Federal detention centers in the San Francisco Bay area are slowly filling up with a new type of criminals. Illegal immigrants and petty drug dealers are being joined by a rising tide of copper thieves raiding abandoned government facilities for their heavy gauge copper electrical wire. At current prices a decent night’s haul can net crooks up to $20,000 at recycling centers.
Long known as “Dr. Copper”, because it is the only commodity with a PhD in economics, the red metal has long been an excellent forecaster of economic activity around the world. Hedge fund managers have been impressed by copper’s ability to hold up, and even advance in the face of “double dip” threats from the US economy. While demand for American home construction remains in the basement, this weakness is more than offset by surging demand from China, whose own construction industry remains on a tear.
It also helps that they’re not making copper anymore. Some of the world’s largest mines are reaching the end of their useful lives, with increasing amounts of capital being poured into ripping a declining grade of ore from the earth. Global production has fallen 12% during the first half of this year. This is a problem because the opening of a new mine can take as long as 15 years, once the time required for government approvals, infrastructure, water supplies, transportation, and yes, bribes, is added in. What’s in the pipeline is all there is for the next five years.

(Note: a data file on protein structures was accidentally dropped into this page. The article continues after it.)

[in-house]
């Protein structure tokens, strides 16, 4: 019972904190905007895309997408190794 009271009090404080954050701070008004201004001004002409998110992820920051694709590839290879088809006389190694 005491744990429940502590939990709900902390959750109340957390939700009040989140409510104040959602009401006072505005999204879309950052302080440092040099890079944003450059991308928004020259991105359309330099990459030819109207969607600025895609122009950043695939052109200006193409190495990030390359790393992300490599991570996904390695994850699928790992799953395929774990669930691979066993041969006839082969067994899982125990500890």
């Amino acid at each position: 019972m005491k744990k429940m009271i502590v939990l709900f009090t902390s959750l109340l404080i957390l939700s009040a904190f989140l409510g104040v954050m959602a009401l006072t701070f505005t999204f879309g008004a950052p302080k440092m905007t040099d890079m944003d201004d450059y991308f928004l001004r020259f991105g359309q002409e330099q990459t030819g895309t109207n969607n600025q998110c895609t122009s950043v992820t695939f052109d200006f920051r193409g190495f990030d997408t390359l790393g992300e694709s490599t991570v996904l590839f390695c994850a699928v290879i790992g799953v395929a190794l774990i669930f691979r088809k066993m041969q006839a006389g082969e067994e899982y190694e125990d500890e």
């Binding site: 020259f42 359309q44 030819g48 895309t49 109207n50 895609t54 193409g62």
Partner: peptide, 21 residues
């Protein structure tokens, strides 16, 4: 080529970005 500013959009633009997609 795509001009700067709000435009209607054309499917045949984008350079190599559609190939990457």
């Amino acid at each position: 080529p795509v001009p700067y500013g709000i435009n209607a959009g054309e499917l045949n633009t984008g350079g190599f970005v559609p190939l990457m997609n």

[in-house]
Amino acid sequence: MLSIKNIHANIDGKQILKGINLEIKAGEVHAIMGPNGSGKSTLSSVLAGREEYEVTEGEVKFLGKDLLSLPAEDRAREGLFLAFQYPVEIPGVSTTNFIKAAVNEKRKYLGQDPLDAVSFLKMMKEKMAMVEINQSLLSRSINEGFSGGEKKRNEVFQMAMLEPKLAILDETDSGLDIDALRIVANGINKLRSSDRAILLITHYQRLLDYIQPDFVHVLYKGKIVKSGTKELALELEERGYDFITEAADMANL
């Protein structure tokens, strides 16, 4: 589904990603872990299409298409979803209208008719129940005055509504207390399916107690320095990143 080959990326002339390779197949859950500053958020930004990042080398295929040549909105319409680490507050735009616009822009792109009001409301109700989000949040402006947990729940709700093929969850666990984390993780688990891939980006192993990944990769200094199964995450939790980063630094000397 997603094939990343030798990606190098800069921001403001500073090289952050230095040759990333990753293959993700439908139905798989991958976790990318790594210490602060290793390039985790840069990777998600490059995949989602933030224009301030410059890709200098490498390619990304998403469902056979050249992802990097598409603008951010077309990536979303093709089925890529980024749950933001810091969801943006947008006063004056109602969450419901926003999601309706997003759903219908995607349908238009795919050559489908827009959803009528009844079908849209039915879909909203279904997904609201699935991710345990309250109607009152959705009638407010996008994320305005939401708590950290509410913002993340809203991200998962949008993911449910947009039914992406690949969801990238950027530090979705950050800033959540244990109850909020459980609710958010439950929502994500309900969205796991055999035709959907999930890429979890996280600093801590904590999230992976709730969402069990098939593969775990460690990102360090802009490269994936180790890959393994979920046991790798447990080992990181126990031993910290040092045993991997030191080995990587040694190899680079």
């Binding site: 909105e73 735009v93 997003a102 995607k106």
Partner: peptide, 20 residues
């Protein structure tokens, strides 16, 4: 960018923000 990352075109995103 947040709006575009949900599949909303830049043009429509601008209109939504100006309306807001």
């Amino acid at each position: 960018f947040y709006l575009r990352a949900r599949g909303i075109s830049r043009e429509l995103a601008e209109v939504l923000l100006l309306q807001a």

Copper is also benefiting from its accelerating “monetization.” International investors, disgusted with the choices available in global stock and bond markets, are increasingly diversifying into the red metal, as well as other “hard” assets like gold, silver, coal, oil, nickel, iron ore, and others. This is one reason why the big metals exchanges are finding their inventories at a low ebb. It’s anyone’s guess, but perhaps half of the current $4.40/pound in the copper price is accounted for by investor, as opposed to end user demand.
The obvious plays here are in the dedicated copper ETN (JJC), and the base metal ETF (DBB). Another candidate is Chile’s ETF (ECH), which has tacked on a blistering 13% since I recommended it a month ago (see “Chile is Hot” at http://www.madhedgefundtrader.com/august-2-2010.html ). And you can look at Freeport McMoran (FCX), the world’s largest publicly listed copper producer. And yes, you can even buy .999 fine copper bullion bards at Amazon by clicking here at http://www.amazon.com/Morgan-Copper-Bullion-SGS-Certified/dp/B003QASIR8/ref=sr_1_11?ie=UTF8&s=miscellaneous&qid=1283375380&sr=8-11 .
I have some hedge fund friends who have discretely stashed thousands of copper bars in warehouses around the country, expecting the red metal to hit $6/pound within the next three years. If the doesn’t work out, I guess they can always ea their inventory by pursuing a new career as an electrician. Hey, a good union and a steady $70/hour paycheck, what’s so bad about that?
To see the data, charts, and graphs that support this research piece, as well as more iconoclastic and out-of-consensus analysis, please visit me at www.madhedgefundtrader.com . There, you will find the conventional wisdom mercilessly flailed and tortured daily, and my last two years of research reports available for free. You can also listen to me on Hedge Fund Radio by clicking on “This Week on Hedge Fund Radio” in the upper right corner of my home page.